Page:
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Jason DavisMarch 22, 2016

Tonight's Cygnus launch kicks off three ISS cargo runs in three weeks

Just days after receiving three new crew members, the International Space Station is about to become a veritable shipping hub, as three cargo ships launch to the orbital laboratory in as little as three weeks.

Later tonight, an Orbital ATK Cygnus spacecraft kicks off the action, making a late night trip to orbit courtesy of a United Launch Alliance Atlas V rocket. Cygnus is stuffed with three-and-a-half tons of supplies—its largest cargo haul to date. Included on the manifest are pressurized air tanks, a spacesuit and a suite of science experiments, one of which will light a controlled fire inside the discarded Cygnus after it is jettisoned from the ISS.

The Cygnus is named the S.S. Rick Husband, honoring the late shuttle commander who was killed in 2003 with six other astronauts when space shuttle Columbia was destroyed during reentry.

Watch: Orbital ATK Cygnus OA-6 launch

Launch: Tuesday, March 22, at 11:05 p.m. EDT (3:05 UTC Wednesday)
Launch window: 30 minutes; five opportunities at five-minute increments 
NASA TV coverage starts 10:00 p.m.

Solar array deployment: Approximately 12:45 a.m. EDT Wednesday

Arrival and berthing: Saturday, March 26, 6:40 a.m. EDT
NASA TV coverage starts 5:30 a.m. 

On-orbit duration:
Approximately 55 days
Atlas V with Cygnus OA-6 on the pad

NASA / Ben Smegelsky

Atlas V with Cygnus OA-6 on the pad
A United Launch Alliance Atlas V rocket sits on the launch pad after rolling from its Vertical Integration Facility at Cape Canaveral Air Force Station's Space Launch Complex 41.

Cygnus will spend three-and-a-half days traveling to the station. On Saturday morning, astronauts Tim Kopra and Tim Peake will grapple the spacecraft and berth it to the Earth-facing port of the station's Unity module.

Next, Russia's Progress M-29M cargo craft, stuffed with trash for destructive atmospheric reentry, will depart from the station's aft Zvezda module. On March 31, a new Progress is scheduled to lift off from Baikonur, Kazakhstan.

Finally, a week later, SpaceX's Dragon will return to action in a much-anticipated launch on April 8. That flight will carry the Bigelow Expandable Activity Module, BEAM, to the station. BEAM is an inflatable habitat that will spend two years attached to the station's Tranquility node.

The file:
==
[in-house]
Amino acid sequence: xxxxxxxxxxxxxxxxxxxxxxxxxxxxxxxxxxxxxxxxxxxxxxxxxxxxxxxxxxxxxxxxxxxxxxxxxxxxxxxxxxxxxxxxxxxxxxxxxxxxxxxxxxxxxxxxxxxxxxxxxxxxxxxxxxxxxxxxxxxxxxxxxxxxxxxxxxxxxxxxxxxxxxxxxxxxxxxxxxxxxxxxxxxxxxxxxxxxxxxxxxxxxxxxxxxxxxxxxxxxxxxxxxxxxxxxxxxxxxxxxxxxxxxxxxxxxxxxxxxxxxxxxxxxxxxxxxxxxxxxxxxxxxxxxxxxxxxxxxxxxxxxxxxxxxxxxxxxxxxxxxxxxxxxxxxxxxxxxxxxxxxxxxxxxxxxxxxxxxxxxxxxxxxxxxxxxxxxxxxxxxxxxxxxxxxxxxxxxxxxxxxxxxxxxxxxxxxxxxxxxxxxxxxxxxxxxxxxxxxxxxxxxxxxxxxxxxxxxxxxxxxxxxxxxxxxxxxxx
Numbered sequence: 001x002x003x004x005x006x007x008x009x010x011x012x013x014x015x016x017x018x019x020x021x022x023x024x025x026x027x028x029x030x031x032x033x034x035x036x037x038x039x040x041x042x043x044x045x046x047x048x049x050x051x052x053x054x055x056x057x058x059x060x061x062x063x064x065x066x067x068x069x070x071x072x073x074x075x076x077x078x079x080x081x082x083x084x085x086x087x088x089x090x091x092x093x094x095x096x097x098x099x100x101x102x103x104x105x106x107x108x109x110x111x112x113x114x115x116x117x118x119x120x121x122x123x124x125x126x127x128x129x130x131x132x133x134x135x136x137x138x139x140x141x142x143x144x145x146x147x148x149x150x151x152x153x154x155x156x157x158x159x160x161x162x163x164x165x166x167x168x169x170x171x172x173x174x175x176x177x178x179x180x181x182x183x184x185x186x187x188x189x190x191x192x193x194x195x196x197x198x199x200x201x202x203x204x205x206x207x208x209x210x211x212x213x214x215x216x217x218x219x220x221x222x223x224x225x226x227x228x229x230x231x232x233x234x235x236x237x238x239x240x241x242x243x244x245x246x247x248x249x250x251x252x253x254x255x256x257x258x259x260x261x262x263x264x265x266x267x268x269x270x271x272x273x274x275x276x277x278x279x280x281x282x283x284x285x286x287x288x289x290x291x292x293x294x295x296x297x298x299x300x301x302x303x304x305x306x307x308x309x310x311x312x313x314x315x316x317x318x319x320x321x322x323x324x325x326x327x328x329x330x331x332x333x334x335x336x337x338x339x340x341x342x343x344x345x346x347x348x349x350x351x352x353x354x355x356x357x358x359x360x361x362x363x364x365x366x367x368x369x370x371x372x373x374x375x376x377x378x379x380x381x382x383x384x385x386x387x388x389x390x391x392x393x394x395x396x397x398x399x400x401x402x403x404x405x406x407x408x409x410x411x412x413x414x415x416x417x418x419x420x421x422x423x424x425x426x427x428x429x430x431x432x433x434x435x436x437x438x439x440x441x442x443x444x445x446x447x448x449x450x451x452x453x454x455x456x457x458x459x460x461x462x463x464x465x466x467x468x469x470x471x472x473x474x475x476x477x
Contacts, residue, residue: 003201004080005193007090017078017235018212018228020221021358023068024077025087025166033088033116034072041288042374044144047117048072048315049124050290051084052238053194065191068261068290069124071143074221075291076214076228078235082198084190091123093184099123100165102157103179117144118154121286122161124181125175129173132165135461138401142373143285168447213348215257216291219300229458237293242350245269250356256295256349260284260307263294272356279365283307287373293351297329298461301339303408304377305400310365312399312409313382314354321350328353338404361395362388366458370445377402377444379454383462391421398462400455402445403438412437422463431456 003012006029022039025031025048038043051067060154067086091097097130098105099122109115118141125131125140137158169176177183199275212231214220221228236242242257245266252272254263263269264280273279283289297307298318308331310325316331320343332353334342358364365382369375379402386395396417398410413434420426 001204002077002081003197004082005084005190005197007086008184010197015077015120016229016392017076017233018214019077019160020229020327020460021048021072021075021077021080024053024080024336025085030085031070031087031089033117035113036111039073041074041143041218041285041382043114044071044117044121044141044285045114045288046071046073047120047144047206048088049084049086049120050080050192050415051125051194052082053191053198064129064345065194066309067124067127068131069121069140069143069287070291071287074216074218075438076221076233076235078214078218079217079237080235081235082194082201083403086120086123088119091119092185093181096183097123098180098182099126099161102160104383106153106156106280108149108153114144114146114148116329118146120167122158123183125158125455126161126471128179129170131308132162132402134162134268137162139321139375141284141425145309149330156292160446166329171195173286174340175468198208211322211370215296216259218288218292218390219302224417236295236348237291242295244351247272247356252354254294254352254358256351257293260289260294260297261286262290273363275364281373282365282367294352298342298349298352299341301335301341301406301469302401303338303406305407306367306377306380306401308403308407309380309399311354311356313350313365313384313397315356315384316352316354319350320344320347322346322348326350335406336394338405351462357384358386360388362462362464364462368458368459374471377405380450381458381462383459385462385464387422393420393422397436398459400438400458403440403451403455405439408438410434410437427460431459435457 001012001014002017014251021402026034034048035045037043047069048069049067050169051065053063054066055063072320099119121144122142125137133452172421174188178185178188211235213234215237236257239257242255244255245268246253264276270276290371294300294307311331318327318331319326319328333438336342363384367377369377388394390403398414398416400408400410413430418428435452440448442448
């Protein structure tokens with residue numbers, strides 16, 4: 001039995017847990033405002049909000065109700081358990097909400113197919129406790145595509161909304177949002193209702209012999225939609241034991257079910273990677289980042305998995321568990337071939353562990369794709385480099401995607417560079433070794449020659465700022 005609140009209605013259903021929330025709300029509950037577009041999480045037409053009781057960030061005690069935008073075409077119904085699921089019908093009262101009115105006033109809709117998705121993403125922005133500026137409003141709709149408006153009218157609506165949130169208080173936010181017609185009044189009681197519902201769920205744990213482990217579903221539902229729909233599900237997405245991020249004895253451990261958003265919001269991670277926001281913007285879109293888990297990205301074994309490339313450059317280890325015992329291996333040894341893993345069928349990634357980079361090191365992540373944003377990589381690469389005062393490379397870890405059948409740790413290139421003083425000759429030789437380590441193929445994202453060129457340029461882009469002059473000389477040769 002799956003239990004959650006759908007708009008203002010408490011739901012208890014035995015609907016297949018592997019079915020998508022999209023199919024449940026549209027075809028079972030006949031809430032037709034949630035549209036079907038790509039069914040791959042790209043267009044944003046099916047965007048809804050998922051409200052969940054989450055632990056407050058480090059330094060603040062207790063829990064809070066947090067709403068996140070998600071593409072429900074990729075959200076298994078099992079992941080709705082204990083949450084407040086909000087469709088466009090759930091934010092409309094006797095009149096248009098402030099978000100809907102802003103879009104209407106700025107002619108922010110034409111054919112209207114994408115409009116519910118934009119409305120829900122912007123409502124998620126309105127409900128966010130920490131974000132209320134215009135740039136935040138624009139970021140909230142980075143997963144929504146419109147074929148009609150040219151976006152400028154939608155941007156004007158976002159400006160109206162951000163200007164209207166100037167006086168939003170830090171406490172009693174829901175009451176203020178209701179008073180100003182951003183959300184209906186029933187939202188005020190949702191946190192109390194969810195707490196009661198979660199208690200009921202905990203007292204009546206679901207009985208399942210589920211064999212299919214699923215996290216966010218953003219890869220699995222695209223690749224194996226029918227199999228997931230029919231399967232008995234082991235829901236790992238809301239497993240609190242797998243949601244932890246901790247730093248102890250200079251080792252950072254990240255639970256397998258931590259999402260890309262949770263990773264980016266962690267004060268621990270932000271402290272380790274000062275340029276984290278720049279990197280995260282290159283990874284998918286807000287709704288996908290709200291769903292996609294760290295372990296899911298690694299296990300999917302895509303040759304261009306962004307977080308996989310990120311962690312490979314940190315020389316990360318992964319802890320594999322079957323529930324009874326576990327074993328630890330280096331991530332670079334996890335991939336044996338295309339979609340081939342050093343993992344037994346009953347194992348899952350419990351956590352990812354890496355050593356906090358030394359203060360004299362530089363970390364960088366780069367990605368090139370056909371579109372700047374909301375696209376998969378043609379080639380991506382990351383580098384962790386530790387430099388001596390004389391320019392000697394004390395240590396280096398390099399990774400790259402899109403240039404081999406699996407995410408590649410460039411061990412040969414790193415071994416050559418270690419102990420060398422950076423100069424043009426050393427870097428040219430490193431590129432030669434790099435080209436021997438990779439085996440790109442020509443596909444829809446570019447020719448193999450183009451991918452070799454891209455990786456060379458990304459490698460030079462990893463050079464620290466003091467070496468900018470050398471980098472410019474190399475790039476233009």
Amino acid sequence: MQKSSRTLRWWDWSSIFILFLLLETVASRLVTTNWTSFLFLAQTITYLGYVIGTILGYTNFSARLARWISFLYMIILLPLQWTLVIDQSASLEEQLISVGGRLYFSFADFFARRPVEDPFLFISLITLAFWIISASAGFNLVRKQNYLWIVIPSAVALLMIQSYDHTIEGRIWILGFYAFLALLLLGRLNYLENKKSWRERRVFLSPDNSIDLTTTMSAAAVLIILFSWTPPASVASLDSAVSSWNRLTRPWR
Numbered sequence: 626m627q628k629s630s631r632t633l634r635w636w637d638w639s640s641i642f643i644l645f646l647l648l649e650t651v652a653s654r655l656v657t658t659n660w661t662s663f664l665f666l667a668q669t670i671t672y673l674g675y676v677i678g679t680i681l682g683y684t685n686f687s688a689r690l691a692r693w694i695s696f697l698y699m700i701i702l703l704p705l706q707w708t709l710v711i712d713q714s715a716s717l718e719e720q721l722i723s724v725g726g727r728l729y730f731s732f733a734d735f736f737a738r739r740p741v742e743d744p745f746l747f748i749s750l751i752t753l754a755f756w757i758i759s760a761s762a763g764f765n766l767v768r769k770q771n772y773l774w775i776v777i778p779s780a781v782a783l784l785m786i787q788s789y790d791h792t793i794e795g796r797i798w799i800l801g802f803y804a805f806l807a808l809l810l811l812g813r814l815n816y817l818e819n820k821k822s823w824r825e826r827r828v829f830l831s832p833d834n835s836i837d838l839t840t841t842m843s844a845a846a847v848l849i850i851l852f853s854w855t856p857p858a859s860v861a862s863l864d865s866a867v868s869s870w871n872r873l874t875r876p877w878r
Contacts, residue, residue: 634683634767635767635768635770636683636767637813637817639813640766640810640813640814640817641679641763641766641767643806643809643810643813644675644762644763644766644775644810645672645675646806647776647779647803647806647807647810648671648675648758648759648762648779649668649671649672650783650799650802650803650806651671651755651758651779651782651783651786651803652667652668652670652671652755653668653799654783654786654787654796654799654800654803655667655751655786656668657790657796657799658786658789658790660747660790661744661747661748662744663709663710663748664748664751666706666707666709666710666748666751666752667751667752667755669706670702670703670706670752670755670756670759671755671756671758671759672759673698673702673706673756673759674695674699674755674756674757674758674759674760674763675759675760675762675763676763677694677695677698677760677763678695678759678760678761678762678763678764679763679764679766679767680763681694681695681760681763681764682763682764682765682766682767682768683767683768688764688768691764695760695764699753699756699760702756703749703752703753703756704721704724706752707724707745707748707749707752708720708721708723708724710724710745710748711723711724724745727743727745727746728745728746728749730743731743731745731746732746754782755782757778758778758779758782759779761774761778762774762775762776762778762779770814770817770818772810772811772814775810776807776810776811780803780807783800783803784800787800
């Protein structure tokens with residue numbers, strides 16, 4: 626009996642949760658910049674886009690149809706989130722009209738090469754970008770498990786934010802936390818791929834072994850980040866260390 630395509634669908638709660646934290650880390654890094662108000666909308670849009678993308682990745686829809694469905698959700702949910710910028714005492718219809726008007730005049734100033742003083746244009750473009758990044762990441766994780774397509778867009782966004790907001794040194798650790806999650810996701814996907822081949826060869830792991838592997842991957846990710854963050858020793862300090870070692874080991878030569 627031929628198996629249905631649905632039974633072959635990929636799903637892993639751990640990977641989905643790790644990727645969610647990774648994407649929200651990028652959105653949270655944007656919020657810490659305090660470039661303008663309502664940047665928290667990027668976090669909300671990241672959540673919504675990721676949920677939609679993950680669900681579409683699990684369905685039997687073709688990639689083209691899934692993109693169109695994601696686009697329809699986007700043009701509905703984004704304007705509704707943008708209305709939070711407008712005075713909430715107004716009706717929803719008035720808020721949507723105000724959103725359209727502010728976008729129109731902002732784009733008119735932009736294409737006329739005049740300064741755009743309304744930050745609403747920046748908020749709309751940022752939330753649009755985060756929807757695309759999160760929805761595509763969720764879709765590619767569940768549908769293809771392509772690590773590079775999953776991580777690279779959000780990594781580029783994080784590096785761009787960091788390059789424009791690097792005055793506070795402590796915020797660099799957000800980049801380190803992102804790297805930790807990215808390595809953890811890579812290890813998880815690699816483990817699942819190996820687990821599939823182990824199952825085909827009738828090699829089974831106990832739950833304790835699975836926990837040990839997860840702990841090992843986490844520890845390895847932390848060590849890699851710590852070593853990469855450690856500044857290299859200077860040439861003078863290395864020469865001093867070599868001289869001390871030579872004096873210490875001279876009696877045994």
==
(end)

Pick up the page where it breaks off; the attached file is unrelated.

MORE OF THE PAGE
The coming weeks will be a busy time for the crew of Expedition 47, as they shuffle cargo in and out numerous spacecraft.

"When you think about the upcoming cargo traffic, it's good to have six crewmembers," said Kenneth Todd, the station's operations integration manager. He noted that when Dragon arrives, it will mark the first time both of NASA's commercial cargo partners—SpaceX and Orbital ATK—have had a vehicle berthed to the station simultaneously.

"For those of us that have worked through this transition from shuttle into this commercial cargo service, it's really a neat thing for us to be able to see both of these vehicles up there at the same time," he said.

Dragon will depart first, after spending about a month on orbit. Because Dragon is the only ISS vehicle capable of returning a significant amount of cargo, NASA has a backlog of items waiting to return to Earth. "We've got a full slate of things to come home," Todd said.

Cygnus OA-6 fairing encapsulation

NASA / Bill White

Cygnus OA-6 fairing encapsulation
The Cygnus OA-6 spacecraft is enclosed within its Atlas V payload fairing prior to launch.

Tonight's launch marks the second and final Atlas-propelled Cygnus mission ordered in the wake of the loss of an Orbital ATK Antares rocket in 2014. Orbital officials continue to prepare Antares for a return-to-flight with its newly installed, Russian-built RD-181 engines. 

Frank Culbertson, the president of Orbital's space systems group, said the inaugural dual-engine hotfire would take place this spring, clearing the way for a summer Antares-Cygnus flight.

"The exact date will depend on NASA's need," Culbertson said. "We'll be ready in early summer for a launch anytime that they need it."

The intense period of cargo shuffling places ISS logistics back on solid ground following a series of resupply mishaps. "We're going to be in good shape on consumables after this mission," Todd said. "We're in pretty good shape now; this will just extend us out further in the year for some of those consumables that we like to keep our eye on."

Read more: commercial spaceflight, mission status, human spaceflight, International Space Station

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Jason Davis

Journalist and Digital Editor for The Planetary Society
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